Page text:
December 1998

Of Maybelline and Men

It's amazing how something so seemingly insignificant can become a life goal. I'm not talking about people who aspire to be janitors, garbage men, and high school guidance counselors. I'm talking about life quests. Things that can occupy your mind every waking moment and most of your dreams. Sounds very epic and romantic, huh? Sorry, this is not a holy grail kind of quest. This is where the word 'insignificant' comes into play. See, there's this guy at school. . . okay, wait! Don't skip to more relevant columns yet. Bear with me here. This is not going to be a purely hormonal rant. I can't swear that I will refrain the entire time from such expressions of lust but I have a point to make.

This whole thing started last year. It was my third day of college. I was sitting in my 8 a.m. Anatomy class, coffee in hand (Instant person: Just add coffee!). Then he walked in. Err, shuffled in. He had the whole alterna-guy thing going. It was the eighties revisited: white T-shirt with green ringers and odd green Adidas shoes. He made it look the epitome of cool. His brown hair was tipped with blonde, which tends to melt me into a small puddle. The shuffle, which would have reminded me of incontinent old people any other time, worked for him. He told the teacher his name. It was an obscenely long and difficult name. I can spell it without even thinking about it. His eyes were what did it though. Cornflower blue, his eyes sparkled between long dark lashes. It was impossible. God does not make eyes this lovely. It had to be eyeliner, I decided. Suddenly, I had attained a quest. I didn't have to slay a dragon. I certainly couldn't care less about a damsel-in-distress. I needed to know if HE wore eyeliner.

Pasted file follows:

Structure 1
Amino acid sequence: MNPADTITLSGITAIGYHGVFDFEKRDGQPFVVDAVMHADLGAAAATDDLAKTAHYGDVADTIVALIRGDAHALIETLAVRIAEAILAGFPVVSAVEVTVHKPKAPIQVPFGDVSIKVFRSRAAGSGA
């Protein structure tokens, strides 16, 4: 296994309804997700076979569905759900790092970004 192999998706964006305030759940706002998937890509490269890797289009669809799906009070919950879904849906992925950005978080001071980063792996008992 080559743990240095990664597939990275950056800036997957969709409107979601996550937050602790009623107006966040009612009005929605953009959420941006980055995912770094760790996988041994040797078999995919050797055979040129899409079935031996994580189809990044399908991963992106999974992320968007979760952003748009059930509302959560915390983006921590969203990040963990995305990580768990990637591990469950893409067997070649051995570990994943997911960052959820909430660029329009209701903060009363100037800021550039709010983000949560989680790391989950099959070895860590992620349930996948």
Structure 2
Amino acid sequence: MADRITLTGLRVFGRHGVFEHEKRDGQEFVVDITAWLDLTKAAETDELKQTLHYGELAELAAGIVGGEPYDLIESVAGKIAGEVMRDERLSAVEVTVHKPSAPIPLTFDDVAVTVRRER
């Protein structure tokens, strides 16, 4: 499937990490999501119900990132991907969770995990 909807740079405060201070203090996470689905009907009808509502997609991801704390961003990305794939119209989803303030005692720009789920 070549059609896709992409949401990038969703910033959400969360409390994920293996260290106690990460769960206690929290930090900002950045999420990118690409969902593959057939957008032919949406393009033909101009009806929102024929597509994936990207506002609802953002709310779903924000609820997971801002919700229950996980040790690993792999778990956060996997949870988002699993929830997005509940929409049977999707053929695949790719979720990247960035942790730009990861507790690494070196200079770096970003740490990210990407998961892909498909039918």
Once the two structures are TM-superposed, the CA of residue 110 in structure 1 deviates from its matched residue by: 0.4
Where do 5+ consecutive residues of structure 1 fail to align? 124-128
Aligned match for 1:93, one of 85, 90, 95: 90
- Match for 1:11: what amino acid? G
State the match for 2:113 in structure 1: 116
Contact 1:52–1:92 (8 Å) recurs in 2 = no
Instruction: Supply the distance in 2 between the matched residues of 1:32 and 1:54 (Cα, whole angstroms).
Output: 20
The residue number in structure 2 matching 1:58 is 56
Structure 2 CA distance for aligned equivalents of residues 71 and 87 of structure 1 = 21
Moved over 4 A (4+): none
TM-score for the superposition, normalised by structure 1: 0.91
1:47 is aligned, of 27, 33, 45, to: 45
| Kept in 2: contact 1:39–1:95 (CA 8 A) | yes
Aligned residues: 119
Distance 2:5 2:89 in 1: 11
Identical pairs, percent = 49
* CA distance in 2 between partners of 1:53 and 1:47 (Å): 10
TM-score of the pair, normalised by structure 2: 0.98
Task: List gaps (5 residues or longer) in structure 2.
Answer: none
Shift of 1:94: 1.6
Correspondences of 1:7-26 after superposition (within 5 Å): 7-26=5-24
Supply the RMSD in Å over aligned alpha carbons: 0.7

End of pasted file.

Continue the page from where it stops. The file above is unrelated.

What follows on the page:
It sounds insignificant. It sounds simple. Neither of these is wholly true. See, I couldn't get close enough to check his eyes. The few times I did, I forgot about my quest and just lingered in his aura of cluelessness. I'd be in a situation that seemed to provide an easy chance. Instead of securing the information, I walked away thinking "he has totally lickable biceps." I tried to send other people, figuring that they might not succumb to his fatal cute-beam. This sounds like a good idea until you try to explain to someone why you care about some guy's eye makeup. Inevitably, I got "Eww, he wears eyeliner?" and "No way. That's freaky!". I didn't see why this was such a detestable thing. On the right guys, I'm a big fan of well-done eyeliner and nailpolish. He was the right guy.

At Denny's one night, I mentioned my quest to two friends that go to my school. The girl was intrigued and promised to try and get a glance. The guy, hereafter known as Chris, was disgusted.

"Oh my god. You think he wears makeup!?! " he exclaimed. I shook my head and tried to explain that, in my opinion, wearing just eyeliner doesn't constitute makeup. Chris ignored me.